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I'm looking for a library to exploit parallelism within a single heterogeneous computing node (possibly using Accelerators like Xeon Phi or nVidia's GPGPU's) in a C++ FV/DG code using hierarchical octree-like grids. It should

  • support multiple back-ends (e.g. OpenCL, CUDA, OpenMP, OpenACC, ...)
  • hopefully be generic enough to support back-ends from the future,
  • be easy to install/configure,
  • be easy to use.

Linear algebra would be nice, but the library should at least be able to do a simple transform with a user defined kernel on a computing device:

auto vd = device_vector<double>{ 11., 22., 33., 44. };
transform(vd, begin(vd), [](double vd_i){ return 2. * vd_i; });
host_vector<double> vh = vd;  // no-op if the device is the CPU
for (auto vh_i&& : vh) { cout << vh_i << "\n"; } // 22, 44, 66, 88

I've looked at Intel TBB, openMP, openACC, AMD's bolt, and nVidia's Thrust.

Thrust seems to be the best fit for my application because:

  • it provides different backends: CUDA, TBB, and OpenMP (no OpenCL),
  • it has a familiar STL-like interface: host/device containers, iterators, and algorithms,
  • the documentation seems nice.

However, I have no experience at all (and don't know anyone who has) building an hybrid MPI-Thrust application.

So to my question:

  • Is there any other library worth looking into that might fit my needs better?
  • Does anyone has experience with hybrid MPI-Thrust applications that can comment on how good of a fit Thrust is for such a thing?
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I suggest you take a look at ViennaCL. It's written in c++, leverages template meta programming, and supports OpenCL, CUDA, and OpenMP as backends. Just like Thrust, it has abstraction layers for device and host containers and implements several algorithms, mostly in the area of linear algebra. Although, device integer containers are missing as of version 1.4.2 (apparently they will be included in 1.5.0)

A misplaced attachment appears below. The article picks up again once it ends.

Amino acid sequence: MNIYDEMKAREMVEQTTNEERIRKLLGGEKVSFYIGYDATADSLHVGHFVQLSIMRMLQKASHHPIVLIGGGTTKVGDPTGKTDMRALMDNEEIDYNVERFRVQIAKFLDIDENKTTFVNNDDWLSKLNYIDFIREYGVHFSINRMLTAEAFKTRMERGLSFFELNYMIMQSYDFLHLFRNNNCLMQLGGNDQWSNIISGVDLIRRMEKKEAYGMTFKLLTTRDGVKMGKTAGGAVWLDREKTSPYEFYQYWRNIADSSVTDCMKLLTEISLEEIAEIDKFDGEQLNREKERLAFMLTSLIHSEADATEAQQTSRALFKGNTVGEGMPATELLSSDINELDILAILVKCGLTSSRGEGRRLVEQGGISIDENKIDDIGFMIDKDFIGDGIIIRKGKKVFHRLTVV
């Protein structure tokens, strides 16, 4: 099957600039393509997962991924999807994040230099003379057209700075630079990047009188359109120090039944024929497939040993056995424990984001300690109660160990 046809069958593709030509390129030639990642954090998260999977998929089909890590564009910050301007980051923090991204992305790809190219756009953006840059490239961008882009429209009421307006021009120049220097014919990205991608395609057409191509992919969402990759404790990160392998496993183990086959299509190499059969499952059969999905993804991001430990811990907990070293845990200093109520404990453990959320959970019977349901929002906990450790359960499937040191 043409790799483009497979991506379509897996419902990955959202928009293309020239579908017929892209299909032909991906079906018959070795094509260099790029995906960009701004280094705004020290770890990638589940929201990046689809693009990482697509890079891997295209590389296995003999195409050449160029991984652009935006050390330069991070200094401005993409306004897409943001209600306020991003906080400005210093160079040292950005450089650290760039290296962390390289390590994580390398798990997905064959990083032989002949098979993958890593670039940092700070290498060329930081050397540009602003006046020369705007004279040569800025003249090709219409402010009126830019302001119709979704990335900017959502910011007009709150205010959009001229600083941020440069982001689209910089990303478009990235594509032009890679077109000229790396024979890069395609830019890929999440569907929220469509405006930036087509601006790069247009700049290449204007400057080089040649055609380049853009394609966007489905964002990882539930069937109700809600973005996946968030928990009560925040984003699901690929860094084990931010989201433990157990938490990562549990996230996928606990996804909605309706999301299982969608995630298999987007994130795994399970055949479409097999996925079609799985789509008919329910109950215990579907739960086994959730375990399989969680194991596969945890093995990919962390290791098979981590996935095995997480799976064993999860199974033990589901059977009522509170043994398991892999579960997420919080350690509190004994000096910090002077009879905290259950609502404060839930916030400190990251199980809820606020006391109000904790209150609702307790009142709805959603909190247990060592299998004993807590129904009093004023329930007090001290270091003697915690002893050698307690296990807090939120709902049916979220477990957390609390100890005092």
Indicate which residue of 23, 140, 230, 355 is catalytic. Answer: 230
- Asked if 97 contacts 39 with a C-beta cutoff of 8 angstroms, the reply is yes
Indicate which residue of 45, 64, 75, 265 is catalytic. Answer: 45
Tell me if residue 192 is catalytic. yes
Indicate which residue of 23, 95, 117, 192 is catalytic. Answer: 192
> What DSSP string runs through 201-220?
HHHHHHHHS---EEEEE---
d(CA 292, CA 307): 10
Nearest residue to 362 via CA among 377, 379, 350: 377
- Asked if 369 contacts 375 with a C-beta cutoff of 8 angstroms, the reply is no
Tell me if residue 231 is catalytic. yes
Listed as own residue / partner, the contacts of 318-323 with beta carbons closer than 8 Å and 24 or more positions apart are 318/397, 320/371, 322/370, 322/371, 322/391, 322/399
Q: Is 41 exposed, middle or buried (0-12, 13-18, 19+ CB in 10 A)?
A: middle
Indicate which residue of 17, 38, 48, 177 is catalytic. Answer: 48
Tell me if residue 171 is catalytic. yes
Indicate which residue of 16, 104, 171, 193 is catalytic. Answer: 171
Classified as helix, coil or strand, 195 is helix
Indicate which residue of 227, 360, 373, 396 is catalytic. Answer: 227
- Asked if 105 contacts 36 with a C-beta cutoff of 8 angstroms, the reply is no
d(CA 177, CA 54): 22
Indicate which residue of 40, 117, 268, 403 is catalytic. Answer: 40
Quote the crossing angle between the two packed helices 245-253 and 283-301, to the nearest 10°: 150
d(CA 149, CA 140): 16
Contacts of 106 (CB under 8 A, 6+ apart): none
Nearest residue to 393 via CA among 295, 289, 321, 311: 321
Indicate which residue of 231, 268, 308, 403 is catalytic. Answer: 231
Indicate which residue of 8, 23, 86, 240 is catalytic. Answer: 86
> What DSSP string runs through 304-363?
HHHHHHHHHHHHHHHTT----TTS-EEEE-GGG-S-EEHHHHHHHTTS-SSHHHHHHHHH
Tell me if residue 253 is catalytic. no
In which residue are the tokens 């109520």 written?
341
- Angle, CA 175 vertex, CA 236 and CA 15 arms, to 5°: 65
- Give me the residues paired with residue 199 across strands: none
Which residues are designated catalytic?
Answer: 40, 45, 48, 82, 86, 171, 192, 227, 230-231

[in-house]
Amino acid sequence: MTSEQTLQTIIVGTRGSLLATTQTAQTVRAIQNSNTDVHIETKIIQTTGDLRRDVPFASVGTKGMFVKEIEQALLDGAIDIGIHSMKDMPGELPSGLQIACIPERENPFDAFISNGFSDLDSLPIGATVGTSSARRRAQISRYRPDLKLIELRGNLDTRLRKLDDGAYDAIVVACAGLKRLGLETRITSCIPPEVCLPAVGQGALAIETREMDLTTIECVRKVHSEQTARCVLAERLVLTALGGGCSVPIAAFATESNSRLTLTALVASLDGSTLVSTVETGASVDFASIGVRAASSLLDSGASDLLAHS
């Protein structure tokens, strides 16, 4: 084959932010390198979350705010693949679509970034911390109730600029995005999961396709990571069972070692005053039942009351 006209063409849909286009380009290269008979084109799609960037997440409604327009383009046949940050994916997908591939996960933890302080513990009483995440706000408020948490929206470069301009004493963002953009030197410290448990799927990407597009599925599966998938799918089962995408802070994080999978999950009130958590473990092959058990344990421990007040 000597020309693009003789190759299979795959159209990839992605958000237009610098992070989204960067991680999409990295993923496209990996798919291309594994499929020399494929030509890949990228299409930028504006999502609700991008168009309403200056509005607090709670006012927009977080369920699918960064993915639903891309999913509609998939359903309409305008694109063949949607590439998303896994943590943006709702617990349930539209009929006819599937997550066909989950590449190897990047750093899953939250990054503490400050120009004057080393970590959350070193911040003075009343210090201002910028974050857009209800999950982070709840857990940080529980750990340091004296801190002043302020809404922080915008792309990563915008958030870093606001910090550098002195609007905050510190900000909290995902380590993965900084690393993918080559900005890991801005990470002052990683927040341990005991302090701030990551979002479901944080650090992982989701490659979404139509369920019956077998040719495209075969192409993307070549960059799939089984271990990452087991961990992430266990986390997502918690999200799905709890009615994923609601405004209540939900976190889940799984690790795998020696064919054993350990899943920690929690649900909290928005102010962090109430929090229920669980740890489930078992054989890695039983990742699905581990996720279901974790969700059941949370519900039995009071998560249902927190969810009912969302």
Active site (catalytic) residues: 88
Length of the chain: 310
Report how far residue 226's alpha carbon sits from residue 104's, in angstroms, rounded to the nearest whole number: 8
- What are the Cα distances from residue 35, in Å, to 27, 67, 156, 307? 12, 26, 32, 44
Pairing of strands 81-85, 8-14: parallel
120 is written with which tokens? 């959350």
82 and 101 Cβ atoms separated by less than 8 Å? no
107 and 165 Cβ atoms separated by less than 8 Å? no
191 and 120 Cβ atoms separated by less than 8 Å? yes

Moreover, what I like about it is that it nicely wraps around OpenCL API and simplifies the task of writing custom OpenCL kernels. I have not used ViennaCL or Thrust in a hybrid environment so I cannot comment on that. However, I know PETSc has interface to ViennaCL and supports hybrid mpi-viennacl vec types. This should simplify the hybrid approach -- Its actually one of my future projects to utilize this feature.

All in all, I recommend you take a look at their webpage. Oh, I almsot forgot to mention that ViennaCL is very nicely documented :).

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  • $\begingroup$ Hey, thanks for the tip! I just took a look at it but wasn't able to find how to do a simple transform with an user-defined kernel. Ideally I'd like to call a transform on a device vector and pass the kernel as a lambda function. The closest thing I could find was to provide the kernel as an array of characters.. but then this is only supported for the OpenCL backend which kinds of kill the advantage of having multiple backends.. and then there is the fact that the code written in the string will not be checked by the compiler... $\endgroup$ – gnzlbg Oct 14 '13 at 14:16
  • $\begingroup$ I've added a minimal example to the question. ViennaCL seems great for linear algebra, but I don't know if it is usable for anything else yet. I hope they keep working on it. $\endgroup$ – gnzlbg Oct 14 '13 at 14:28
  • $\begingroup$ @gnzlbg humm ... I'm not an expert in OpenCL, but I'm not sure what you are asking is even possible. AFAIK, unlike CUDA, OpenCL kernels are compiled at runtime so I doubt if there is a way around using strings for kernels. That said, check out chapter 11 of the manual describing how to generate automated kernels. I'm not sure if that would work with CUDA backends though .... Karl Rupp, creator of ViennaCL, is here so maybe he could enlighten us on this :) $\endgroup$ – GradGuy Oct 14 '13 at 18:27
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    $\begingroup$ I've taken a look at OpenCL now and you are right. To convert a lambda to an OpenCL kernel one needs special compiler support (e.g. like C++ AMP extensions)... $\endgroup$ – gnzlbg Oct 15 '13 at 9:10
  • $\begingroup$ @gnzlbg I know you asked for multiple backend support, but if you can live just with OpenCL, there is also VexCL. I have not worked with it myself but looks very similar to ViennaCL in many regards. It appress to support lambdas through Boost.Phoenix $\endgroup$ – GradGuy Oct 15 '13 at 9:38

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